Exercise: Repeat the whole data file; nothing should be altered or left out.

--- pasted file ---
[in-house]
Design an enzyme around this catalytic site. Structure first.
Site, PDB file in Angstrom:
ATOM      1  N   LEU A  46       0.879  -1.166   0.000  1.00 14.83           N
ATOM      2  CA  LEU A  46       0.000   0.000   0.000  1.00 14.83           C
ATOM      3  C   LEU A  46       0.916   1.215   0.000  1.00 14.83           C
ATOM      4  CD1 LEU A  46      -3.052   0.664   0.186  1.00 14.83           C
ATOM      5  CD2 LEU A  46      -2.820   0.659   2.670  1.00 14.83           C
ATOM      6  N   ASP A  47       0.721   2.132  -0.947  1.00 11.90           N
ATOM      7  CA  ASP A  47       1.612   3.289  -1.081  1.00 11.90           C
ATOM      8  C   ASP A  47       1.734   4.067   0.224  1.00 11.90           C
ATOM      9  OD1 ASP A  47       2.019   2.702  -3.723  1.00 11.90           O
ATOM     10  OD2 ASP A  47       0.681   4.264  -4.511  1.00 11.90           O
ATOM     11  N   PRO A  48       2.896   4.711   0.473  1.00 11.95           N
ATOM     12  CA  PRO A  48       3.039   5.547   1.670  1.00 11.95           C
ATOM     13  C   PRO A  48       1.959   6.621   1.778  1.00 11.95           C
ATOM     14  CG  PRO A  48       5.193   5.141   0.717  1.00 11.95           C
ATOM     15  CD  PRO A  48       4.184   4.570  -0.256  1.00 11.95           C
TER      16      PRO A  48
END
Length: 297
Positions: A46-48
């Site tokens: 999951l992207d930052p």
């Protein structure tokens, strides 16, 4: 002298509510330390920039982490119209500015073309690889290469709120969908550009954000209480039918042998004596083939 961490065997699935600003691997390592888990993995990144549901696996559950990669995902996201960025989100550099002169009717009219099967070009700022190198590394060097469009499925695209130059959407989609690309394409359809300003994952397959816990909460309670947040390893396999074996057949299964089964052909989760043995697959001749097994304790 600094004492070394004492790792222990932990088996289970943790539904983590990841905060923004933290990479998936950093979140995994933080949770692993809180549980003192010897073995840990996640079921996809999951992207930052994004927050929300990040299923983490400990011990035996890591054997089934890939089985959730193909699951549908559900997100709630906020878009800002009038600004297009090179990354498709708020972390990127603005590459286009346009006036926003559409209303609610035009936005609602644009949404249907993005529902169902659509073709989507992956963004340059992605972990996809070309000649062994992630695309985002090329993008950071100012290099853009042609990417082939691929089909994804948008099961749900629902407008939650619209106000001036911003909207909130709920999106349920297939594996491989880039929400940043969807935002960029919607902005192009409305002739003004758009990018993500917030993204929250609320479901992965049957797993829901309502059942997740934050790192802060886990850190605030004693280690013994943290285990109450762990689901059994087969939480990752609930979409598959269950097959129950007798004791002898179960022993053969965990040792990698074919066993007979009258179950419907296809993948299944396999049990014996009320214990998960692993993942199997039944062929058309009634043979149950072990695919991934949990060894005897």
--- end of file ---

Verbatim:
[in-house]
Design an enzyme around this catalytic site. Structure first.
Site, PDB file in Angstrom:
ATOM      1  N   LEU A  46       0.879  -1.166   0.000  1.00 14.83           N
ATOM      2  CA  LEU A  46       0.000   0.000   0.000  1.00 14.83           C
ATOM      3  C   LEU A  46       0.916   1.215   0.000  1.00 14.83           C
ATOM      4  CD1 LEU A  46      -3.052   0.664   0.186  1.00 14.83           C
ATOM      5  CD2 LEU A  46      -2.820   0.659   2.670  1.00 14.83           C
ATOM      6  N   ASP A  47       0.721   2.132  -0.947  1.00 11.90           N
ATOM      7  CA  ASP A  47       1.612   3.289  -1.081  1.00 11.90           C
ATOM      8  C   ASP A  47       1.734   4.067   0.224  1.00 11.90           C
ATOM      9  OD1 ASP A  47       2.019   2.702  -3.723  1.00 11.90           O
ATOM     10  OD2 ASP A  47       0.681   4.264  -4.511  1.00 11.90           O
ATOM     11  N   PRO A  48       2.896   4.711   0.473  1.00 11.95           N
ATOM     12  CA  PRO A  48       3.039   5.547   1.670  1.00 11.95           C
ATOM     13  C   PRO A  48       1.959   6.621   1.778  1.00 11.95           C
ATOM     14  CG  PRO A  48       5.193   5.141   0.717  1.00 11.95           C
ATOM     15  CD  PRO A  48       4.184   4.570  -0.256  1.00 11.95           C
TER      16      PRO A  48
END
Length: 297
Positions: A46-48
């Site tokens: 999951l992207d930052p």
């Protein structure tokens, strides 16, 4: 002298509510330390920039982490119209500015073309690889290469709120969908550009954000209480039918042998004596083939 961490065997699935600003691997390592888990993995990144549901696996559950990669995902996201960025989100550099002169009717009219099967070009700022190198590394060097469009499925695209130059959407989609690309394409359809300003994952397959816990909460309670947040390893396999074996057949299964089964052909989760043995697959001749097994304790 600094004492070394004492790792222990932990088996289970943790539904983590990841905060923004933290990479998936950093979140995994933080949770692993809180549980003192010897073995840990996640079921996809999951992207930052994004927050929300990040299923983490400990011990035996890591054997089934890939089985959730193909699951549908559900997100709630906020878009800002009038600004297009090179990354498709708020972390990127603005590459286009346009006036926003559409209303609610035009936005609602644009949404249907993005529902169902659509073709989507992956963004340059992605972990996809070309000649062994992630695309985002090329993008950071100012290099853009042609990417082939691929089909994804948008099961749900629902407008939650619209106000001036911003909207909130709920999106349920297939594996491989880039929400940043969807935002960029919607902005192009409305002739003004758009990018993500917030993204929250609320479901992965049957797993829901309502059942997740934050790192802060886990850190605030004693280690013994943290285990109450762990689901059994087969939480990752609930979409598959269950097959129950007798004791002898179960022993053969965990040792990698074919066993007979009258179950419907296809993948299944396999049990014996009320214990998960692993993942199997039944062929058309009634043979149950072990695919991934949990060894005897």